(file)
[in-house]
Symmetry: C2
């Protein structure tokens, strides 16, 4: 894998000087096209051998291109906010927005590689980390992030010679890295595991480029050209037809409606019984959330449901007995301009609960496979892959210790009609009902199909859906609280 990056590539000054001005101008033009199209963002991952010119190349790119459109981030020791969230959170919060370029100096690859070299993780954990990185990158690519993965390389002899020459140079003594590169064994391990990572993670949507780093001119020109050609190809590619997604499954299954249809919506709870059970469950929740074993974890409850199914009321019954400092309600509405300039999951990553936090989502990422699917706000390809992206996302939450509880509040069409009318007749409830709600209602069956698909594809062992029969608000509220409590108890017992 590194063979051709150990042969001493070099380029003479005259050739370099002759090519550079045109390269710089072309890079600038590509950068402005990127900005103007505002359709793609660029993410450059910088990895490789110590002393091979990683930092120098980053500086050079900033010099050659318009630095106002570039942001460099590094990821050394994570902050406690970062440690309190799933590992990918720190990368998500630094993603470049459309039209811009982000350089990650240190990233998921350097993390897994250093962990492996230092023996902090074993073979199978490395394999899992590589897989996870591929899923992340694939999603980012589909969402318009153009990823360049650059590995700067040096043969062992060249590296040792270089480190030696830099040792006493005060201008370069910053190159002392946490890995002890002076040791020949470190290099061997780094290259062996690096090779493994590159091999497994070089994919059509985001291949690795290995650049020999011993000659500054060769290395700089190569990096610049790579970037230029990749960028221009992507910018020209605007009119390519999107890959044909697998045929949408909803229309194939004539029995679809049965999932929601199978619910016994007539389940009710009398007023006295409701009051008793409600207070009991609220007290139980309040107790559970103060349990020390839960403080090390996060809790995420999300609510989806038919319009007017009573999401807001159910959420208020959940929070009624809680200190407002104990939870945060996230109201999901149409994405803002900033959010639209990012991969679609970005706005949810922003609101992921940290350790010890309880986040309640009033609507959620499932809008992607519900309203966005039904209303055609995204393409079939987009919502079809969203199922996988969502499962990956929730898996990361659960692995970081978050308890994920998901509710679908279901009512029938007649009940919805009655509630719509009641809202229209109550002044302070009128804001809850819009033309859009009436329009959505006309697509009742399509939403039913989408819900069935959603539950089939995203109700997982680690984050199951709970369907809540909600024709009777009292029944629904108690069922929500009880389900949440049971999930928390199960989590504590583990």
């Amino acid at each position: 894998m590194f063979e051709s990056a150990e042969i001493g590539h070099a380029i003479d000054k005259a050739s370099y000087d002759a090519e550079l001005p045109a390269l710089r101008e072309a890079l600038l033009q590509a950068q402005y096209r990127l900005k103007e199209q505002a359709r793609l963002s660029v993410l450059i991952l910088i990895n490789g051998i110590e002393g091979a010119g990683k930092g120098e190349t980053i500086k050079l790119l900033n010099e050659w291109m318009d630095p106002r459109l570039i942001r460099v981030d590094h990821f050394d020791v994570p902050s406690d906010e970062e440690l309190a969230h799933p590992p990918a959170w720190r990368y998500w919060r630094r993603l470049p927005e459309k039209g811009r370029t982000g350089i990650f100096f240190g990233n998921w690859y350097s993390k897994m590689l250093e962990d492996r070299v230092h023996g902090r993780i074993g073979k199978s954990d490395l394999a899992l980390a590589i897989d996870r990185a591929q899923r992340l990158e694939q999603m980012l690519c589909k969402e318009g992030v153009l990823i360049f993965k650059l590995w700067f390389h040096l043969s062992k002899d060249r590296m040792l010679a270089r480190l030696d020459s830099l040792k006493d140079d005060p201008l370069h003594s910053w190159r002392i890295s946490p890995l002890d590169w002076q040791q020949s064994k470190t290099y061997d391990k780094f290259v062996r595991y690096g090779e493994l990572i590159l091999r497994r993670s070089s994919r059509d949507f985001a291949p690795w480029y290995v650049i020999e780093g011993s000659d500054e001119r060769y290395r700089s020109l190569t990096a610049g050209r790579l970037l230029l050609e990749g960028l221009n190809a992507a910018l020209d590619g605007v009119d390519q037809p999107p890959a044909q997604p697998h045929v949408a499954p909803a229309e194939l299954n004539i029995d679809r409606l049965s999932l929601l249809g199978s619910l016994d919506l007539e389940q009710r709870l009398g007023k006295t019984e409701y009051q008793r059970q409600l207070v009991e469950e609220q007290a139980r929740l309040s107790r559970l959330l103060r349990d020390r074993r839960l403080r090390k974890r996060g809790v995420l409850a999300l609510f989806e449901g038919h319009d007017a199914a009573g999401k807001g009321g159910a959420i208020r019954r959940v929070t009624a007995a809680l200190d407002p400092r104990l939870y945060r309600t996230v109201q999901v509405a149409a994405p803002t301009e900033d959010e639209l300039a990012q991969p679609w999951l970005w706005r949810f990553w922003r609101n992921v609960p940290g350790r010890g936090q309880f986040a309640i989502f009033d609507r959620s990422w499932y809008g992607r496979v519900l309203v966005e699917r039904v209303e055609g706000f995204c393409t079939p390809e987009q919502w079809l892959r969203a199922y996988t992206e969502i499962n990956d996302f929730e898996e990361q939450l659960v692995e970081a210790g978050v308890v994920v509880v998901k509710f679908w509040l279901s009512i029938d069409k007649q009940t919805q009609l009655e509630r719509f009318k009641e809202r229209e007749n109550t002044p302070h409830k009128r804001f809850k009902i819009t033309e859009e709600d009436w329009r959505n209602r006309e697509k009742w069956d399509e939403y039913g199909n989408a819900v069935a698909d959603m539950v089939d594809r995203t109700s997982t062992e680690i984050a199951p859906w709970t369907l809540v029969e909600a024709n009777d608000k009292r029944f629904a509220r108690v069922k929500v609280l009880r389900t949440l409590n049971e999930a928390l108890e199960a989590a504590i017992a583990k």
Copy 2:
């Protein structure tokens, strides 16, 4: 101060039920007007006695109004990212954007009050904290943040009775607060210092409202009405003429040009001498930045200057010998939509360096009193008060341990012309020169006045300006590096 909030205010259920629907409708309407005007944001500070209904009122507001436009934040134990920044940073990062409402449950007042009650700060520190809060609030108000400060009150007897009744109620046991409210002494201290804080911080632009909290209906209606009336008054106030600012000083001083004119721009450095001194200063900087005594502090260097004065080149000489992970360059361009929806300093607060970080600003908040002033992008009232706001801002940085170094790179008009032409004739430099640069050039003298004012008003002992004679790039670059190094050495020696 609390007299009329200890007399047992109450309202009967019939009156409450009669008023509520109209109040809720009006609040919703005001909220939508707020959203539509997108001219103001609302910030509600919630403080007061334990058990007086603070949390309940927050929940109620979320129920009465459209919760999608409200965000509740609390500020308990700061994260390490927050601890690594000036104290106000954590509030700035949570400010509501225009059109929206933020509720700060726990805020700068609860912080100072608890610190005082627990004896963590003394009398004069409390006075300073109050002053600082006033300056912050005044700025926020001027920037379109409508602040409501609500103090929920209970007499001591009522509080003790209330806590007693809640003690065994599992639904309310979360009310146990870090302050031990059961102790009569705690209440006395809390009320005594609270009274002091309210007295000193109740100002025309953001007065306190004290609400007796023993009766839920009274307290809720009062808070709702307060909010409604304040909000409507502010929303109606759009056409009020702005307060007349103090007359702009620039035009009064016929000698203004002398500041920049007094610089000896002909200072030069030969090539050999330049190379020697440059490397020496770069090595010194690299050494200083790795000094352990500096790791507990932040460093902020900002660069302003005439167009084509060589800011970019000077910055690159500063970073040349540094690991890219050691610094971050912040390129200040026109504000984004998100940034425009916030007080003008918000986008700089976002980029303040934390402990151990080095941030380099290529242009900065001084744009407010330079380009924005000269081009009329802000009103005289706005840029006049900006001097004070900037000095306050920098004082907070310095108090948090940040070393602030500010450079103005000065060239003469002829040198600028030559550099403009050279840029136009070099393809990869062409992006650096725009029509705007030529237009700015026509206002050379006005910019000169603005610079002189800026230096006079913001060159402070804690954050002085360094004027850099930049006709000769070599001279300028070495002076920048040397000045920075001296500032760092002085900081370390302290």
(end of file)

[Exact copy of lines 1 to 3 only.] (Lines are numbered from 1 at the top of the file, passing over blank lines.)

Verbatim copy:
[in-house]
Symmetry: C2
């Protein structure tokens, strides 16, 4: 894998000087096209051998291109906010927005590689980390992030010679890295595991480029050209037809409606019984959330449901007995301009609960496979892959210790009609009902199909859906609280 990056590539000054001005101008033009199209963002991952010119190349790119459109981030020791969230959170919060370029100096690859070299993780954990990185990158690519993965390389002899020459140079003594590169064994391990990572993670949507780093001119020109050609190809590619997604499954299954249809919506709870059970469950929740074993974890409850199914009321019954400092309600509405300039999951990553936090989502990422699917706000390809992206996302939450509880509040069409009318007749409830709600209602069956698909594809062992029969608000509220409590108890017992 590194063979051709150990042969001493070099380029003479005259050739370099002759090519550079045109390269710089072309890079600038590509950068402005990127900005103007505002359709793609660029993410450059910088990895490789110590002393091979990683930092120098980053500086050079900033010099050659318009630095106002570039942001460099590094990821050394994570902050406690970062440690309190799933590992990918720190990368998500630094993603470049459309039209811009982000350089990650240190990233998921350097993390897994250093962990492996230092023996902090074993073979199978490395394999899992590589897989996870591929899923992340694939999603980012589909969402318009153009990823360049650059590995700067040096043969062992060249590296040792270089480190030696830099040792006493005060201008370069910053190159002392946490890995002890002076040791020949470190290099061997780094290259062996690096090779493994590159091999497994070089994919059509985001291949690795290995650049020999011993000659500054060769290395700089190569990096610049790579970037230029990749960028221009992507910018020209605007009119390519999107890959044909697998045929949408909803229309194939004539029995679809049965999932929601199978619910016994007539389940009710009398007023006295409701009051008793409600207070009991609220007290139980309040107790559970103060349990020390839960403080090390996060809790995420999300609510989806038919319009007017009573999401807001159910959420208020959940929070009624809680200190407002104990939870945060996230109201999901149409994405803002900033959010639209990012991969679609970005706005949810922003609101992921940290350790010890309880986040309640009033609507959620499932809008992607519900309203966005039904209303055609995204393409079939987009919502079809969203199922996988969502499962990956929730898996990361659960692995970081978050308890994920998901509710679908279901009512029938007649009940919805009655509630719509009641809202229209109550002044302070009128804001809850819009033309859009009436329009959505006309697509009742399509939403039913989408819900069935959603539950089939995203109700997982680690984050199951709970369907809540909600024709009777009292029944629904108690069922929500009880389900949440049971999930928390199960989590504590583990």